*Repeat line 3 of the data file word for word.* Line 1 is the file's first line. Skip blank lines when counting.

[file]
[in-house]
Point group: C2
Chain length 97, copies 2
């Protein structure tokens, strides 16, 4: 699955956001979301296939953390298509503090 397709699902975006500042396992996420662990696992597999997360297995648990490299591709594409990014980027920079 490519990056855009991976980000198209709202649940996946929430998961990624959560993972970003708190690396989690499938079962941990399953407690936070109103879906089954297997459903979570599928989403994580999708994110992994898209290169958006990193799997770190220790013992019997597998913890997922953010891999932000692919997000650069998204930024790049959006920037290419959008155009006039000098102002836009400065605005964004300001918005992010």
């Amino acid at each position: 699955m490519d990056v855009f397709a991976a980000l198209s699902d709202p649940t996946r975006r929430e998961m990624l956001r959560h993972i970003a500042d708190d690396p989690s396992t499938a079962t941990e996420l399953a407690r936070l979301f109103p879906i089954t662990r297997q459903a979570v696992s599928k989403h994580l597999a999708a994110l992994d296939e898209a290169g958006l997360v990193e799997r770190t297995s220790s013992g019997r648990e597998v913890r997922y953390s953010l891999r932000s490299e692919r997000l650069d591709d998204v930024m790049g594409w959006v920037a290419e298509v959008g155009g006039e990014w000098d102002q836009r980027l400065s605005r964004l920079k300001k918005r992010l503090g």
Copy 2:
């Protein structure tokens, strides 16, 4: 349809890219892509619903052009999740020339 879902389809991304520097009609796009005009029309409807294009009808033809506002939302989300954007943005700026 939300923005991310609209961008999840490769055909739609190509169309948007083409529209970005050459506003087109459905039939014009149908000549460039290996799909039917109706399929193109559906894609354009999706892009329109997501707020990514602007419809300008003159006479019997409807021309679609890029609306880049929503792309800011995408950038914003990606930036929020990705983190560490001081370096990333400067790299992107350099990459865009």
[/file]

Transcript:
Chain length 97, copies 2